Let's start out with a fact: the free market for energy is a myth.
Every country uses subsidies in some way to encourage production and dictate consumption of different forms of energy. According to the International Monetary Fund, global post-tax subsidies for fossil fuels (which includes the external costs of pollution) amounted to $1.9 trillion in 2011. And IMF said that figure is an "underestimate." The IEA also estimates that global consumption subsidies for fossil fuels reached $523 billion in 2011.
Here in the U.S., the government practically gives away taxpayer-owned coal to mining companies. It provides billions of dollars to the oil and gas industry in the form of preferential tax treatment. And the fracking boom, which is often held up as a shining example of the free market, was spurred by strong R&D funding, government cost-sharing programs, and tax credits that helped an unproven technology reach wildly successful commercial scale.
And now, of course, we have billions of dollars in specialized tax subsidies, rebates, certificate trading programs and utility programs like net metering to encourage the production of renewable energy.
The conversation around how to handle subsidies -- which has become more heated as renewables scale -- is where facts and opinions start bleeding together. The heated opinions about the issue were on full display at GTM's Solar Summit this week during a panel discussion called "The Transition to a Post-Subsidy Reality."
The debate around subsides within the U.S. solar industry is manifesting itself in different ways.
On the federal level, the looming 20 percent reduction of the investment tax credit in 2016 is raising questions about whether the industry can pull together an extension, compromise on a longer-term phase-out, or simply live on without the credit. While the trade groups in Washington are thinking about the issue, businesses around the country are more focused on the local fights that have a more immediate impact.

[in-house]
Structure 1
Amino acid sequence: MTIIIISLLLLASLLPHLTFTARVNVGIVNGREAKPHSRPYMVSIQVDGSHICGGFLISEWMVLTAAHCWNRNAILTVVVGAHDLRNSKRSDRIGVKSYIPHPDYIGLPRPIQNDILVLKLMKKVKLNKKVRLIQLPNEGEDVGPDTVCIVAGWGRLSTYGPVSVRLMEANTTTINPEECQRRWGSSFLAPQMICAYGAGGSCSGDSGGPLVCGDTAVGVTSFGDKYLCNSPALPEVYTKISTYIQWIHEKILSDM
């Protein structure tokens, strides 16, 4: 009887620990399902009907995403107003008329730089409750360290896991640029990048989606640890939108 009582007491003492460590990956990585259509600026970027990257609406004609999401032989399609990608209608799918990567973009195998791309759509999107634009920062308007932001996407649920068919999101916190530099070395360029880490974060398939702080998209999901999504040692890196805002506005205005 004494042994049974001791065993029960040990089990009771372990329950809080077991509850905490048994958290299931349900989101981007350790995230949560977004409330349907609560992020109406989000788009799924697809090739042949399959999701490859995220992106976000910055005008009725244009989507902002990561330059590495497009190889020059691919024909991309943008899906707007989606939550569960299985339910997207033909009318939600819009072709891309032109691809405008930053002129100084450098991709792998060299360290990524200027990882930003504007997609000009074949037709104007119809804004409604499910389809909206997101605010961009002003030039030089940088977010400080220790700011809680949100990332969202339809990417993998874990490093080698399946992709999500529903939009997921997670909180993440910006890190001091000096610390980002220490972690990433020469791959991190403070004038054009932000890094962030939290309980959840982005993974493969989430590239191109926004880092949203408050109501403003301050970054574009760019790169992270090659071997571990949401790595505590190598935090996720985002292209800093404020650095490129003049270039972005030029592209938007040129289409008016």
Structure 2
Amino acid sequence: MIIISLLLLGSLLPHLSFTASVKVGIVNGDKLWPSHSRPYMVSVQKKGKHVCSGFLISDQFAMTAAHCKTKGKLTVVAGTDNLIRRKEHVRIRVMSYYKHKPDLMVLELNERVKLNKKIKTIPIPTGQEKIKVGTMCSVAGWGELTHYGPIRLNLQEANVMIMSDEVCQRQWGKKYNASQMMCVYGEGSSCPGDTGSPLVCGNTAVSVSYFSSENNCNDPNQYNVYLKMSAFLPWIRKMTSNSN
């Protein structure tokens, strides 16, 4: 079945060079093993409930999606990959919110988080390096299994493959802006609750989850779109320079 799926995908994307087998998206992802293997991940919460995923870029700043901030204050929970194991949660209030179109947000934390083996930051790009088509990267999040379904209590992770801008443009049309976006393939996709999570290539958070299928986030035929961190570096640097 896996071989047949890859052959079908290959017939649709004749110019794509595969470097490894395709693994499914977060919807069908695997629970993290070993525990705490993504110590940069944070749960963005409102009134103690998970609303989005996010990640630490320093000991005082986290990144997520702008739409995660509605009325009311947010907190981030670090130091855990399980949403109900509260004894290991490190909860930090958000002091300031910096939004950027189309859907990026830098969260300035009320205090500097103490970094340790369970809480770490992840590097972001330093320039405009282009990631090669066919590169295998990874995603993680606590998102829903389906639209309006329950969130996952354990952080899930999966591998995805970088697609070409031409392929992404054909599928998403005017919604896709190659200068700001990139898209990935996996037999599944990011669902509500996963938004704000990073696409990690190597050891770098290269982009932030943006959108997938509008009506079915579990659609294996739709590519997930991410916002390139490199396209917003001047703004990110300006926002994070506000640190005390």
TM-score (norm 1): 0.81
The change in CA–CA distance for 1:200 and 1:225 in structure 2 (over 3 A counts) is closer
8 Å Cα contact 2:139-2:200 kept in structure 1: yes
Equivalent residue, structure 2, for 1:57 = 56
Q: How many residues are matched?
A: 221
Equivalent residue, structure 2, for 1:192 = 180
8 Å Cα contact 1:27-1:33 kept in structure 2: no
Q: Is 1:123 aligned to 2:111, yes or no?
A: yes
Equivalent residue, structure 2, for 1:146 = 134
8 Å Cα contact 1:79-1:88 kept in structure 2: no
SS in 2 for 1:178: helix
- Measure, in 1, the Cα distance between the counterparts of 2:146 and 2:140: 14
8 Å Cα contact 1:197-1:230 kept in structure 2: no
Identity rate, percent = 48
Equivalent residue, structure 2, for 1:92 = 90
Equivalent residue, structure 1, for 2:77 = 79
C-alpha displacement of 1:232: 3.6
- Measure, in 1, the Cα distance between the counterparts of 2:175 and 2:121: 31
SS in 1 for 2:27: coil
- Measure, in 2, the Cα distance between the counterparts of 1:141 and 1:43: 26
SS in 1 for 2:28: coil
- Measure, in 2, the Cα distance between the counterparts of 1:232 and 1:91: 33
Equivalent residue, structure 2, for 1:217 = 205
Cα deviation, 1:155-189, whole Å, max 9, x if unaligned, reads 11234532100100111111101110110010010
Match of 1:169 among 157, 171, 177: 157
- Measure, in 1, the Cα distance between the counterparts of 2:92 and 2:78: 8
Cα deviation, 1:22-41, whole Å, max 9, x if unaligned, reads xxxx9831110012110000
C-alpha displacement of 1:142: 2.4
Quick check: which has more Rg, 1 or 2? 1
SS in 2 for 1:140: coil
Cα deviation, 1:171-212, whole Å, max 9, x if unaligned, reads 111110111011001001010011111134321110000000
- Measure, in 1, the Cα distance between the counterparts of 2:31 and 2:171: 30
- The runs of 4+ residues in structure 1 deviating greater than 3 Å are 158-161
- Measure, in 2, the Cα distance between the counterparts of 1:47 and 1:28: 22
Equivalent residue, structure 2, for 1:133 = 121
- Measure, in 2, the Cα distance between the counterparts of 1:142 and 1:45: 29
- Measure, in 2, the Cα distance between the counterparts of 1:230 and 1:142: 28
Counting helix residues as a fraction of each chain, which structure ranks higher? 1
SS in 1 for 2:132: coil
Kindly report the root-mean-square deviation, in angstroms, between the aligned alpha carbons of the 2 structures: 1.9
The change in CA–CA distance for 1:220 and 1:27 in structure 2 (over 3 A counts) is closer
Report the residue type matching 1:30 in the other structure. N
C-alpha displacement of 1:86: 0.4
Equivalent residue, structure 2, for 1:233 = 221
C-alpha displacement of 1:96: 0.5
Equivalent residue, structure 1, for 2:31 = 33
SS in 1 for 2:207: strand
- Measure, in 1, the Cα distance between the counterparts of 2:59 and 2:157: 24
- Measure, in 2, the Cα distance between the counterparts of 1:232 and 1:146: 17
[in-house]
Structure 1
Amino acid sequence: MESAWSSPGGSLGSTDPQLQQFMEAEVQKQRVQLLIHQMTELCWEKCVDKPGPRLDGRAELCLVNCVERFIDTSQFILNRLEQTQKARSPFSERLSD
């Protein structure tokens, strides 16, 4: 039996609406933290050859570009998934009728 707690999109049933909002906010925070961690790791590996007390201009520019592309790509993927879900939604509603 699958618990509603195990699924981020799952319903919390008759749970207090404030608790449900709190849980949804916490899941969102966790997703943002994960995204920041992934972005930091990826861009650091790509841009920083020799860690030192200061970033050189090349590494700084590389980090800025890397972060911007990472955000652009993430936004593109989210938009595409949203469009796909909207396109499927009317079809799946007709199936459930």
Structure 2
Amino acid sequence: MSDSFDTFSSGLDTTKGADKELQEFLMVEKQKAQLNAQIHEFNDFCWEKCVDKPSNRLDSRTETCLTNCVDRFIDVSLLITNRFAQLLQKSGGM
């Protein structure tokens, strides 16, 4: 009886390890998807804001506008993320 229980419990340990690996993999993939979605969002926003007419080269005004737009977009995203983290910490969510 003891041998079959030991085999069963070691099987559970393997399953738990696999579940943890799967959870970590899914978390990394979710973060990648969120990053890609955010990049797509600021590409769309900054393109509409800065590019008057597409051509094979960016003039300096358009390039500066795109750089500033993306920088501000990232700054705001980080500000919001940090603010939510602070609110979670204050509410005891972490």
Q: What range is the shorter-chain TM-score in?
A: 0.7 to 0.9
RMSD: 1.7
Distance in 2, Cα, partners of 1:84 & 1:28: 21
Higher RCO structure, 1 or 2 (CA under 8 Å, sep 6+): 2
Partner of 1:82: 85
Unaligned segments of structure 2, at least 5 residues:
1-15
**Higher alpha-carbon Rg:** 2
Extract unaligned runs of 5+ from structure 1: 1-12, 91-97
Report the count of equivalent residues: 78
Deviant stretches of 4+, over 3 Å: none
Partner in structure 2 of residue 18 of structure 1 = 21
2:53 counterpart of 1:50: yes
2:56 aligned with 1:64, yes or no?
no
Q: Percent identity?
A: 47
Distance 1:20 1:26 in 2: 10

On the state level, there’s a growing political campaign among conservative groups to repeal or water down renewable energy targets through the legislature. While those efforts have failed thus far, many utilities are already far ahead of their procurement targets -- effectively creating the same outcome. Colorado's "solar cliff" is proof of that.
But the true battle over subsidies is on the individual utility level, where a number of companies are working to cap or kill net metering as more distributed energy comes on-line. The utilities say the solar industry is spreading too many costs to ratepayers who can't afford solar, while also failing to pay its fair share for transmission and distribution infrastructure. The solar industry says the utilities are threatened by the rapid emergence of distributed energy and are trying to suppress a technology that threatens their outdated business model.
Whatever your opinion on the reasons behind utility restrictions, the impact isn't good for solar.
"The residential solar industry will be crippled if net metering goes away," said Bryan Miller, vice president of public policy and power markets at Sunrun, in an interview. Given that Sunrun is one of the largest providers of residential solar leases in the country, the company isn't hiding its willingness to fight in public.
At this week's summit in Arizona -- a state where nearly all solar incentive programs are getting dismantled -- Sunrun's CEO, Ed Fenster, came ready to throw some punches at Arizona Public Service for its solar policies. The relationship between utilities and solar companies has always been somewhat tenuous. But this week's panel discussion was a notable change in tone. The net metering issue is definitely where battle lines are being drawn on the subsidy issue for solar.
Pull up a chair, get some popcorn and watch the session below. Then let us know your reaction to the discussion.